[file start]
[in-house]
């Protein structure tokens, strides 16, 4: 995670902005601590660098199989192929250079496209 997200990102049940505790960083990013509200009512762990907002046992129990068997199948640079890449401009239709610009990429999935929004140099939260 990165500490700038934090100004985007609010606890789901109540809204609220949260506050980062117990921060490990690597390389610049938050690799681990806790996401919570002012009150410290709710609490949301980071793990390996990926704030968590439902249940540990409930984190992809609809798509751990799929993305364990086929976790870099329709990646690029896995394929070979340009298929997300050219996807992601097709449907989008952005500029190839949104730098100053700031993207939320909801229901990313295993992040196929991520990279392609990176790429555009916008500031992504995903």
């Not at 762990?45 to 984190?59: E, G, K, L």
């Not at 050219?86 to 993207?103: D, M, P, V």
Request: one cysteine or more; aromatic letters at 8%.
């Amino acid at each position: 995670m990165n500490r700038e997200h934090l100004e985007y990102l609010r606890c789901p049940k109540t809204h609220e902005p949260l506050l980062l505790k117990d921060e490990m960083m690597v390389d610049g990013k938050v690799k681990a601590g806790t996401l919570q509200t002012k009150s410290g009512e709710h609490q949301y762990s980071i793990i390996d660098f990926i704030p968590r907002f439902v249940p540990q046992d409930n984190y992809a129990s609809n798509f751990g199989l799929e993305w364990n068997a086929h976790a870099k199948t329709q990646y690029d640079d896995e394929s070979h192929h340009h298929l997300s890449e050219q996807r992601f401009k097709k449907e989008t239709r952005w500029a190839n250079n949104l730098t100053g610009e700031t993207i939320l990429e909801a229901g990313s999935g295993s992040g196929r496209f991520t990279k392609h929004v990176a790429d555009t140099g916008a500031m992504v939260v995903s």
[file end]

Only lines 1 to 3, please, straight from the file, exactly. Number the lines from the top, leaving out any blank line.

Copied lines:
[in-house]
């Protein structure tokens, strides 16, 4: 995670902005601590660098199989192929250079496209 997200990102049940505790960083990013509200009512762990907002046992129990068997199948640079890449401009239709610009990429999935929004140099939260 990165500490700038934090100004985007609010606890789901109540809204609220949260506050980062117990921060490990690597390389610049938050690799681990806790996401919570002012009150410290709710609490949301980071793990390996990926704030968590439902249940540990409930984190992809609809798509751990799929993305364990086929976790870099329709990646690029896995394929070979340009298929997300050219996807992601097709449907989008952005500029190839949104730098100053700031993207939320909801229901990313295993992040196929991520990279392609990176790429555009916008500031992504995903």
């Not at 762990?45 to 984190?59: E, G, K, L």